Senior Obama aides say the president's criticism of Democratic strategist Hilary Rosen's comments shows he's willing to stand up to his friends, unlike Mitt Romney.
The argument from the aides is an effort to find a bright spot in the controversy over Rosen, who said Ann Romney had "never worked a day in her life." Rosen apologized for the comments on Thursday.
Doing damage control, White House adviser David Plouffe and Obama campaign adviser David Axelrod made separate appearances Thursday night to contrast Obama’s public response to Rosen to Romney’s response to controversial comments made by conservative talk show host Rush Limbaugh.
“I think we have an obligation in politics and public life, when someone, even friends, say things that are inappropriate, to say so. In fact, in certain ways, when your friends say it, there is more of an obligation to do so,” Axelrod said on CNN.
The White House and Obama's campaign have done everything they can to distance themselves from Rosen. The campaign team has noted that Rosen is not a paid adviser, and Obama on Thursday hardly characterized Rosen as a friend. He said Rosen's comments were "an ill-advised statement by somebody on television."
“She actually is your employee, not ours. She works for CNN,” Axelrod told CNN’s John King. “She never has been [an operative for our campaign].”
A CNN spokeswoman told The Hill on Thursday, “Rosen, like all CNN contributors, is not a paid adviser to any political party or presidential campaign.”
In making his argument, Plouffe specifically pointed to last month’s controversy over Limbaugh, who called a Georgetown University law student a “slut” on air due to her testimony on the White House’s contraception mandate.
“It's not the language I would have used," Romney said of Limbaugh’s comment.
In contrast, the Obama administration was quick to “strongly condemn” what Rosen said, according to Plouffe.
“I’ve been disappointed on the other side of the aisle just recently when Gov. Romney and others were not willing to stand up and denounce speech that most people would call inappropriate,” Axelrod said. “I thought we had an obligation to speak and speak very, very quickly to make clear that this didn’t reflect our point of view and that we thought Hilary should apologize.”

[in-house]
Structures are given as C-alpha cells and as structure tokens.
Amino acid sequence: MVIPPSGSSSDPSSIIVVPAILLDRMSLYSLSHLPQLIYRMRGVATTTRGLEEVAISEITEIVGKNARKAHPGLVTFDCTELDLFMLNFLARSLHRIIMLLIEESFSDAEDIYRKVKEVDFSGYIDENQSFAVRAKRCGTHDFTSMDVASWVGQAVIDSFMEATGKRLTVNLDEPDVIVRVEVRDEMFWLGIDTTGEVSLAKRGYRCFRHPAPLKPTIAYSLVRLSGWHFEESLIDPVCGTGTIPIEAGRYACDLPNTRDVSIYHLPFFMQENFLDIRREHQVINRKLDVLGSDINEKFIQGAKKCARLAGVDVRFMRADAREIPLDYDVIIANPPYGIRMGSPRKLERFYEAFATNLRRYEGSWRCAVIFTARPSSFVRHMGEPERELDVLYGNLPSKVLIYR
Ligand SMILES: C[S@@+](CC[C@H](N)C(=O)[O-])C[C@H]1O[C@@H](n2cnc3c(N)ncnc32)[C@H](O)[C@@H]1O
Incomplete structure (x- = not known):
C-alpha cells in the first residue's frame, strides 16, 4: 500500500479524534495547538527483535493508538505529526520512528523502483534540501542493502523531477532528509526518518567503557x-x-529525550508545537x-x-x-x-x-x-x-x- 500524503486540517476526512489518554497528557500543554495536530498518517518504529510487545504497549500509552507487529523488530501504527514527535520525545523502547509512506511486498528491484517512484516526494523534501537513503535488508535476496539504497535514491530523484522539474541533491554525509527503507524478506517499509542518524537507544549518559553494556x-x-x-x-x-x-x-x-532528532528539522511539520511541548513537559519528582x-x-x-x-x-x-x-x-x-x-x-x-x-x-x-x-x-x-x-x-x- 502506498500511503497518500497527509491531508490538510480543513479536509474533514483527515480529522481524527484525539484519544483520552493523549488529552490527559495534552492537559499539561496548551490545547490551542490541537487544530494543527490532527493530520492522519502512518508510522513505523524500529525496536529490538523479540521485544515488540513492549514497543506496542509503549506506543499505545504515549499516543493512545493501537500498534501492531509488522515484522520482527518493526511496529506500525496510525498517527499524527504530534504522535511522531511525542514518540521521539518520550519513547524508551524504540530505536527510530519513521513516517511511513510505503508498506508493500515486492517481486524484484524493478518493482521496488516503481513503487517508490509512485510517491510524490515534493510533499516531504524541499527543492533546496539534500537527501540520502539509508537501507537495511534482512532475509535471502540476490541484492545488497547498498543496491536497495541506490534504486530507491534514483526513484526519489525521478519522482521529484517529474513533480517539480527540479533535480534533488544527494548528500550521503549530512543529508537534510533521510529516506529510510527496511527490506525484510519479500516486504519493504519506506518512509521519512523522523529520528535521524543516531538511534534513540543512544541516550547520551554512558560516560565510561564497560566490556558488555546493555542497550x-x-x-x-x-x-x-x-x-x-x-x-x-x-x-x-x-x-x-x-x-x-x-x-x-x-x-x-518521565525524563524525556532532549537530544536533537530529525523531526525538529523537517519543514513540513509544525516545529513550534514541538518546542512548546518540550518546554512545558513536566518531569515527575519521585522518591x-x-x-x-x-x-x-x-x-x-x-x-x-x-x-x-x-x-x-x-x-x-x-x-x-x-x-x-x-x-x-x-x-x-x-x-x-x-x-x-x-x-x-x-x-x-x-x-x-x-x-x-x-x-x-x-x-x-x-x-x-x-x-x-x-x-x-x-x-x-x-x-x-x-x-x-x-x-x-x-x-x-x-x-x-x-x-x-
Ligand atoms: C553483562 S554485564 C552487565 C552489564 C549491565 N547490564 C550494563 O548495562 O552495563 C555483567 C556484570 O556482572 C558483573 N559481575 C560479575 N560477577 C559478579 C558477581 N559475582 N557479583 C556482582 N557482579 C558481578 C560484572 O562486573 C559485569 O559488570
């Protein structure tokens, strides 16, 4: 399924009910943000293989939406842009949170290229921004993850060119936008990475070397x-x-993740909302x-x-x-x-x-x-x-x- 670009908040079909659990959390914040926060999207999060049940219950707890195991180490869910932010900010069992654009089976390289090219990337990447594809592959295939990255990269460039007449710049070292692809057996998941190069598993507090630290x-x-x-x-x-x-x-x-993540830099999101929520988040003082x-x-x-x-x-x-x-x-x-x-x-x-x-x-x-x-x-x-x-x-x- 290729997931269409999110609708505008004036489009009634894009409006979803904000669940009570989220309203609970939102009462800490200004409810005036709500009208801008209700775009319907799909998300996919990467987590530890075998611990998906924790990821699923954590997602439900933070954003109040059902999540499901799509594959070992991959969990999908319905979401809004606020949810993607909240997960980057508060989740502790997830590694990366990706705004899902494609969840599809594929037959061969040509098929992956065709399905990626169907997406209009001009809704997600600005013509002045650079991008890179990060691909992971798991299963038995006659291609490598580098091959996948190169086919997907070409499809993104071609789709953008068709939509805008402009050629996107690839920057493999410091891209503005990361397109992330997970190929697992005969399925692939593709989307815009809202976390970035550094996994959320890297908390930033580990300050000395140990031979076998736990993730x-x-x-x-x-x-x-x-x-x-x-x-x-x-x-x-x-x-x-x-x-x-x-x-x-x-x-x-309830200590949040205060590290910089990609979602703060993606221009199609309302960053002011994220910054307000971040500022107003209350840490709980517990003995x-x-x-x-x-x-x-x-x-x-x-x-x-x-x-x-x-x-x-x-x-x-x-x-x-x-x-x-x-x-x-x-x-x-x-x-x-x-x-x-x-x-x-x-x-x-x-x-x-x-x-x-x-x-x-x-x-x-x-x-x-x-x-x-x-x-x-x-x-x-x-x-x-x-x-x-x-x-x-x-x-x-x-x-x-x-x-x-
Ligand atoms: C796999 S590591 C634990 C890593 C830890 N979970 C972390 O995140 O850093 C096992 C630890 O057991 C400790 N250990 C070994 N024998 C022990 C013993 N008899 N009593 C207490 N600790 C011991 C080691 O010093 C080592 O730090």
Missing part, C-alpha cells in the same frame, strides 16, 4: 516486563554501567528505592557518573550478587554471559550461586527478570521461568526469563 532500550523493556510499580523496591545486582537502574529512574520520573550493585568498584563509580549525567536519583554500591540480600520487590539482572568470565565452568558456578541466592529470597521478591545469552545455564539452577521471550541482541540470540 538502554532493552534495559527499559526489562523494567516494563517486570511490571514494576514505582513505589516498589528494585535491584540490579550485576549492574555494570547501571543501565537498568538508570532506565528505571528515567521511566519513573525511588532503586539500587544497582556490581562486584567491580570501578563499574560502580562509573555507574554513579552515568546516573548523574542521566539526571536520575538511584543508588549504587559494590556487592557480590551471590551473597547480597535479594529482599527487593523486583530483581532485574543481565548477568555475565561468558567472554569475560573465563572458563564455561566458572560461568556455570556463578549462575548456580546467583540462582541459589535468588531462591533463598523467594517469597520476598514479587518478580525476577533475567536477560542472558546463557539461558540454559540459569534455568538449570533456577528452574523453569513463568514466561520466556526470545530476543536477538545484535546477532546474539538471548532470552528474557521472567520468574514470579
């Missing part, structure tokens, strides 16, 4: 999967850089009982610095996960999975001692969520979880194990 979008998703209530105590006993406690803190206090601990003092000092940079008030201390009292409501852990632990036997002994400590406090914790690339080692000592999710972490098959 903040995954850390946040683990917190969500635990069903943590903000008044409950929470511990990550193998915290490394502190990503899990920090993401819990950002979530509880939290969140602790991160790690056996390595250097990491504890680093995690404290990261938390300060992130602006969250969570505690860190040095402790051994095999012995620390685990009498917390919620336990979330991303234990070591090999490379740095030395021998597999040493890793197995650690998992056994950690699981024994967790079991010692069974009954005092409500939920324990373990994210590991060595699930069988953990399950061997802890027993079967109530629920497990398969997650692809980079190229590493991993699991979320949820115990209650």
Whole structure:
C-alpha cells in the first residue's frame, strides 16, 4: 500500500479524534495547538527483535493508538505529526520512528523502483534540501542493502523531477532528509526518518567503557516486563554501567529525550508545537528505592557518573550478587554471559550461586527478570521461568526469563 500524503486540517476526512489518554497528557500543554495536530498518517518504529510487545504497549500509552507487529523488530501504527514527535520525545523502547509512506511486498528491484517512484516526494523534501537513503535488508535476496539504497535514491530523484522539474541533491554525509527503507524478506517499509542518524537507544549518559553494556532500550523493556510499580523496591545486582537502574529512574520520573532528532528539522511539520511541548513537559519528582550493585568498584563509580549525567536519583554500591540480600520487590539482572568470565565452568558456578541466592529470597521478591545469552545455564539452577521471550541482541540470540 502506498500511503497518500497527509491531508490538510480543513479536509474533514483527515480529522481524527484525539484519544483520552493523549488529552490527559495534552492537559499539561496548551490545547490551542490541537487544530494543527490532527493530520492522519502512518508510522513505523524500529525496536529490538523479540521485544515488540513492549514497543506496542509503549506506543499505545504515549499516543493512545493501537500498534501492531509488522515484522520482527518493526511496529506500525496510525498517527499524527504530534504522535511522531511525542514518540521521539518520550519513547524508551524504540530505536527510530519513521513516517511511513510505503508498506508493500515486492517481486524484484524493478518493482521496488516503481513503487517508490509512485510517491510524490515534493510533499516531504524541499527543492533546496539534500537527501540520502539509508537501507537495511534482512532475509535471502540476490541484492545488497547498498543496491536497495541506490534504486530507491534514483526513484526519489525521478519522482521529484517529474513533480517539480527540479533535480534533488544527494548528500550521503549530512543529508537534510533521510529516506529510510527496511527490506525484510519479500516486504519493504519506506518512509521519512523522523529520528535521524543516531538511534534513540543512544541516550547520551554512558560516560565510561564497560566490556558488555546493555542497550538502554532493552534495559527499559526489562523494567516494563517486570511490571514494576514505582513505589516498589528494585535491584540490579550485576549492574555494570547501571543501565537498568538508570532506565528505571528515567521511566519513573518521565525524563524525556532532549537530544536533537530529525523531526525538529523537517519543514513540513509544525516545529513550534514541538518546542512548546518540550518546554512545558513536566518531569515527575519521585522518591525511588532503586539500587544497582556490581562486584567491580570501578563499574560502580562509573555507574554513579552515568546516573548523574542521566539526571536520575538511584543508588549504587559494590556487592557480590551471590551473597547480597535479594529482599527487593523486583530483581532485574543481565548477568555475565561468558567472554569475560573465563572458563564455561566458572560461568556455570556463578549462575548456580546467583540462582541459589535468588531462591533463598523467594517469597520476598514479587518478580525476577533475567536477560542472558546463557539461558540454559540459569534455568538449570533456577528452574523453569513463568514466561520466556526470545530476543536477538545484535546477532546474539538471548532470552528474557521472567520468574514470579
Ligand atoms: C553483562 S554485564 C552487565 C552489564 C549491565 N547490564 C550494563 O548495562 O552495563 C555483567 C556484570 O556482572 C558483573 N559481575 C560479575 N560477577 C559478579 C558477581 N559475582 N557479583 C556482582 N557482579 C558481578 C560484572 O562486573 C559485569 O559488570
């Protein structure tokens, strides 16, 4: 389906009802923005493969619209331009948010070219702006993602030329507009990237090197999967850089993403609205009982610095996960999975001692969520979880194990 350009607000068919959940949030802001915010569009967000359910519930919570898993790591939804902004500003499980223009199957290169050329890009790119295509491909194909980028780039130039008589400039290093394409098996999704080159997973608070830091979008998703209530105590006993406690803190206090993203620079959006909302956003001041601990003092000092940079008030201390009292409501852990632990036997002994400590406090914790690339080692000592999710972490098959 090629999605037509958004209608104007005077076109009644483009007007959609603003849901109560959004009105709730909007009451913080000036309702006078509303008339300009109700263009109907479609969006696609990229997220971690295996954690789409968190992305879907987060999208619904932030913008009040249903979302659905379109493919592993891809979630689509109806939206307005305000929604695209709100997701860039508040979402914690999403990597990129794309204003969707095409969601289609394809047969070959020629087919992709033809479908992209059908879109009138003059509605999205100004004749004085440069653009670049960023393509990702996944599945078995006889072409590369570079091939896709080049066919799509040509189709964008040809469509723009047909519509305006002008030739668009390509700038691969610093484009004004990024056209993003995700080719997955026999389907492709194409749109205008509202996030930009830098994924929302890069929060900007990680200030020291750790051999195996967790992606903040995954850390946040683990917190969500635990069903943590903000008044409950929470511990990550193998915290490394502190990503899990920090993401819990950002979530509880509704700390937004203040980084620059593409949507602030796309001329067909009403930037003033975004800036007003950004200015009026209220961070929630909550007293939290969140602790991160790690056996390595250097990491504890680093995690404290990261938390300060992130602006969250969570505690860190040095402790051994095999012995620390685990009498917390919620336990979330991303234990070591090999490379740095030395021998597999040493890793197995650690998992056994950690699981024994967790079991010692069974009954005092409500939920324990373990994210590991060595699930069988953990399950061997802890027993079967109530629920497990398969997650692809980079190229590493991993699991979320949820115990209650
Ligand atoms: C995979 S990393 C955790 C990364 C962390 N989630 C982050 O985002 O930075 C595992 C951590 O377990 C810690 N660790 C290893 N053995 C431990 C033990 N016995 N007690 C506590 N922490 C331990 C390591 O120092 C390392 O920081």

Rosen said on CNN Wednesday night that presumptive GOP presidential nominee Mitt Romney should not cite his wife as an influence on his economic policies toward women because Ann Romney — a mother of five — had “never worked a day in her life.”
Axelrod was quick to express disagreement with Rosen after the comment aired, and the next day the first lady, vice president and Obama all expressed disapproval.
"I don't have a lot of patience for commentary about the spouses of political candidates," Obama said Thursday. He urged Rosen to “rethink” the idea that being a stay-at-home mom isn’t “work.”
"Truth has never been an important attribute in the Romney campaign, apparently," Plouffe noted, slamming the campaign for seeking to tie Rosen to Obama by noting that she has visited the White House numerous times and advised the Democratic National Committee in the past.
The Romney campaign jumped on the controversy Thursday, defending Ann Romney — who went on TV to say her “career choice was to be a mother” — and making a play for the female voters whom recent polls have shown leaning in large numbers toward Obama.
Plouffe and Axelrod, speaking later in the evening, sought to quickly relegate the incident to the past.
"I think this is one of the rare times in modern politics that we have universal bipartisan agreement that those comments were inappropriate, so hopefully given that we can move on,” Plouffe said.